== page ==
There’s A Way To Get Around Bar Council’s Rules But It Will Cost An Extra Million
In January this year, the Pakistan Bar Council announced substitution of the conventional three-year program with a mandatory five-year LLB program. Furthermore, evening classes were scrapped and the number of students was limited to 100.
These steps were taken to improve the worsening situation of legal education in Pakistan and for regulating the law colleges and institutions.
At present, three different LLB programmes are being offered in different institutions of Pakistan. The traditional 3-year LL.B is opted by majority after BA. The 5-year LL.B (Hons) is less than a decade old and is offered to those who have passed their intermediate or A Levels. Few are aware of the LL.B (Hons) International Programme of the University of London which provides a UK degree while studying from the comfort of one’s home. The price, however, is way higher than the local ones. The degree roughly costs around Rs 1.5 million if completed without any academic mishap. The expenditures include University of London fees, tuition fees paid to the local school one is enrolled in, examination fees that are paid separately, and other miscellaneous expenditure.
On the other hand, a local 3-year LL.B degree costs around Rs 200,000 including the university fees, tuition fees, books etc. Evening classes give an individual the opportunity to pursue the degree after his or her day job.
A highly-placed government law officer told Pakistan Today on condition of anonymity that Pakistan Bar Council and Punjab Bar Council are suspicious of local degrees, adding that whenever a holder of foreign degree comes to them, their inferiority complex engulfs them and they give undue regard to the person. Most of these graduates of external programs know nothing about the laws, conventions and procedures of Pakistani law. It seems that the bar councils are hell bent to prohibit law education while what they really need to do is make the license procedure more rigorous, the source added.
The decision of PBC directly affects the poor and middle class segments of the society. They are prolonging the duration of the degree by two years, slashing the evening classes, limiting the number of students while leaving loopholes that allow the elite to circumvent all the rules and regulation with sheer disdain.
The institutes that offer the three-year LL.B Honors from University of London-International Programmes include Pakistan Law College, Roots College International, TILS, University College Lahore, School of International Law, and University College, Islamabad, to name a few.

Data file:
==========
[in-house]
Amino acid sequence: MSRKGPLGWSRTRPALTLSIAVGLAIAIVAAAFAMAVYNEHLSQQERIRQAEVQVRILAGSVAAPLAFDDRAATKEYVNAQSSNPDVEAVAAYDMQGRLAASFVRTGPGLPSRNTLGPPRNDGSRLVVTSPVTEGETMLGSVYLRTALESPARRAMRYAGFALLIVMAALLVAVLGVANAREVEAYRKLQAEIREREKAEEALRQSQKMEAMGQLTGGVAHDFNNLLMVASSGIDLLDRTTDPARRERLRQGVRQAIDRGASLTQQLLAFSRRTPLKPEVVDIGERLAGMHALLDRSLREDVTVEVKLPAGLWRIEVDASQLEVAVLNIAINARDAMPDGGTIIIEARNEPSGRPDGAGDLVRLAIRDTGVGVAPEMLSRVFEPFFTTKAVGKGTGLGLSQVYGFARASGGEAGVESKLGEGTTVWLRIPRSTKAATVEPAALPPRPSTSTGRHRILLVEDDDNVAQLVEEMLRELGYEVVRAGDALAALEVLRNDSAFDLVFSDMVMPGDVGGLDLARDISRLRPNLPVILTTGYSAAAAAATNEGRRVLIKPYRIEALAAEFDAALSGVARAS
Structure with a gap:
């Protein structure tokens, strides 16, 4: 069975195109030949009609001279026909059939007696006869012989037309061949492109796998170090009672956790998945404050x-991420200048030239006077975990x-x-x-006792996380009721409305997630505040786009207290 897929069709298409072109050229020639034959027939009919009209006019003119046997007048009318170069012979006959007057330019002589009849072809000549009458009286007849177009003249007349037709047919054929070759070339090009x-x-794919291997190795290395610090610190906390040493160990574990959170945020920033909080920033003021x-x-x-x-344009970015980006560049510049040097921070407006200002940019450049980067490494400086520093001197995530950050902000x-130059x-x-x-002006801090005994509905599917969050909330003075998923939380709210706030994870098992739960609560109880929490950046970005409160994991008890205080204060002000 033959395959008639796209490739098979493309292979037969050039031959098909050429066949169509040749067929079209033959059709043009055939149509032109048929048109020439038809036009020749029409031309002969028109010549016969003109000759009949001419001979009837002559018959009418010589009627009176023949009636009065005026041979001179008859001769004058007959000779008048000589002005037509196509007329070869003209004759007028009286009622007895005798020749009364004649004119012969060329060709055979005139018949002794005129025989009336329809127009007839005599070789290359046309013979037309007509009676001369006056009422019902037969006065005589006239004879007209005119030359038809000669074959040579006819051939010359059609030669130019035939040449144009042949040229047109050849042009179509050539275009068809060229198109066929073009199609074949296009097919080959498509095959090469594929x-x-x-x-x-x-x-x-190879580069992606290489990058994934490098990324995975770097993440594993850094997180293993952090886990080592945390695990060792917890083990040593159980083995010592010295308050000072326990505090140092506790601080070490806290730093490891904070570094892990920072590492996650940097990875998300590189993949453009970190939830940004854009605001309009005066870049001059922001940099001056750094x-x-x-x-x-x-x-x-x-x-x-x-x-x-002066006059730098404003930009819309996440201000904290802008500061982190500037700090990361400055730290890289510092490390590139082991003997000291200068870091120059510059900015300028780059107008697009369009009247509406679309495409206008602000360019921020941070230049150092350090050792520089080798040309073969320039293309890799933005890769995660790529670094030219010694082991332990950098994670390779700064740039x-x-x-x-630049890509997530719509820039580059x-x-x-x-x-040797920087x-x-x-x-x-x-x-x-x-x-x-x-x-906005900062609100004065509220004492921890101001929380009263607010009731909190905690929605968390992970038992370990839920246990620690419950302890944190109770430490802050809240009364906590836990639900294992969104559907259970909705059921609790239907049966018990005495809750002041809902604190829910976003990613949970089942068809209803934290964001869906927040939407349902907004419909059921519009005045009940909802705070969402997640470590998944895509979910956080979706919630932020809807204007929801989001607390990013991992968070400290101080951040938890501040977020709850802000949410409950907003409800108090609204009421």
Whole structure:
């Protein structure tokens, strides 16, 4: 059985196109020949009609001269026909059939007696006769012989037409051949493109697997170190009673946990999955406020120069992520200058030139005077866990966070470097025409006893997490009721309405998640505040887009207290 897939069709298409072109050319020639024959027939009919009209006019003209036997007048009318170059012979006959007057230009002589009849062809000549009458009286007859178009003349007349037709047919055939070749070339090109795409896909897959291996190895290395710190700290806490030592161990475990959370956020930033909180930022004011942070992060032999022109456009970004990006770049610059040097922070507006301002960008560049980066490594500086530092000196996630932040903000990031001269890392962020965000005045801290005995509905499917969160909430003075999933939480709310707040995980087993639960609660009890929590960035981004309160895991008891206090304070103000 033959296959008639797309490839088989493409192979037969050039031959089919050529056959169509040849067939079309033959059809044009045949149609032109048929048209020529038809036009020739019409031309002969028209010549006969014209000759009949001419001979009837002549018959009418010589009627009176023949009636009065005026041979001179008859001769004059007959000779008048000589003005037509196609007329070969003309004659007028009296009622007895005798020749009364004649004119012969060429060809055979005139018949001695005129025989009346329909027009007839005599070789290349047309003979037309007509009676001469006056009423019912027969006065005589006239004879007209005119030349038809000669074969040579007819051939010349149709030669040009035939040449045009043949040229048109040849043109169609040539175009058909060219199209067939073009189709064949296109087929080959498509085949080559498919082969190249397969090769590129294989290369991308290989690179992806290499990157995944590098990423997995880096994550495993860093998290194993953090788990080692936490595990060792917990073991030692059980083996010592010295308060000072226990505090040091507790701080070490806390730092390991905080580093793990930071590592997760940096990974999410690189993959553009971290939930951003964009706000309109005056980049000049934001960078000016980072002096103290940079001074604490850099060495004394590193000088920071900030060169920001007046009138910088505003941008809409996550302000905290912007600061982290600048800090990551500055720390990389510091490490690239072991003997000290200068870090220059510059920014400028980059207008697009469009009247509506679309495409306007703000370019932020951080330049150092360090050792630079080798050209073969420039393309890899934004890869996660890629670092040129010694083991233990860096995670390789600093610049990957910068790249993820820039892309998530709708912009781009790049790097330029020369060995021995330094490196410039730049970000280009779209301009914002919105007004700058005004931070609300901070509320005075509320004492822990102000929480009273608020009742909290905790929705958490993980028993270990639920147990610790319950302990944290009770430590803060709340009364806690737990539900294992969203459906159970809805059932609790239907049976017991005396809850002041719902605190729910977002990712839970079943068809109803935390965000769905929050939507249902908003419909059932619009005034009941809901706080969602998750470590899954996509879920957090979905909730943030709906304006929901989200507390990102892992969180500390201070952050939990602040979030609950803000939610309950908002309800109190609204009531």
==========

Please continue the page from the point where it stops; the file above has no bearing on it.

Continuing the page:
Majid Bashir, a corporate lawyer and senior associate ABS & Co, when asked about this discrimination said, “The whole scheme is made without paying any heed to ground realities. The scheme is not feasible as many private law colleges affiliated with local universities can’t afford to provide faculty for 100 students alone. The ban on evening classes is unjust as one who wants to study must not be barred in any way. The regulations are an attempt to muffle affordable legal education to masses. We are transferring education to foreign lands by such daft steps. The way to maintain an overall check and balance is to make the bar examination tough. The criteria and procedure of getting a license must deter non serious elements from getting licenses to practice.”
The leading corporate law firms tend to hire foreign-qualified law graduates. The katcheri-corporate divide is stark as those who practise in katcheris or district courts rarely come in contact with their counterparts in the corporate sector. Both classes exist parallel to each other. The difference in earnings, lifestyles, backgrounds and clientele seems to widen with every passing day.
Mushtaq Mohal, Advocate Supreme Court and former member Punjab Bar Council said, “There should be no discrimination based on class, creed, economic status, social stature or any other basis. The decision to scrape off the local 3-year law program while allowing the same degree to be done from a foreign university’s external programme is invidious at best. Article 25 of the Constitution of Pakistan that guarantees equality of citizens before law, has been trampled by this decision.”
Pakistan Today contacted Advocate Abdul Fayyaz, member and Chairman Executive Committee, Pakistan Bar Council and asked about the matter. He said, “It is our resolve to improve the quality of legal education in the country. We have warned that after 2018 we won’t accept any lawyer who has not done a 5-year mandatory law program. We will make sure that our rules and regulations are followed.”
The state of legal education in Pakistan has been a cause of concern for all segments. It is the need of hour to devise a system of enrollment that can deter incompetent people from entering the profession. Furthermore, the bar councils, both national and local must make sure that licences be given after thorough scrutiny and bar examinations not be dealt with the farcical manner that they are presently conducted with.
An earlier version of this article appeared in Pakistan Today and it is being republished here with permission.
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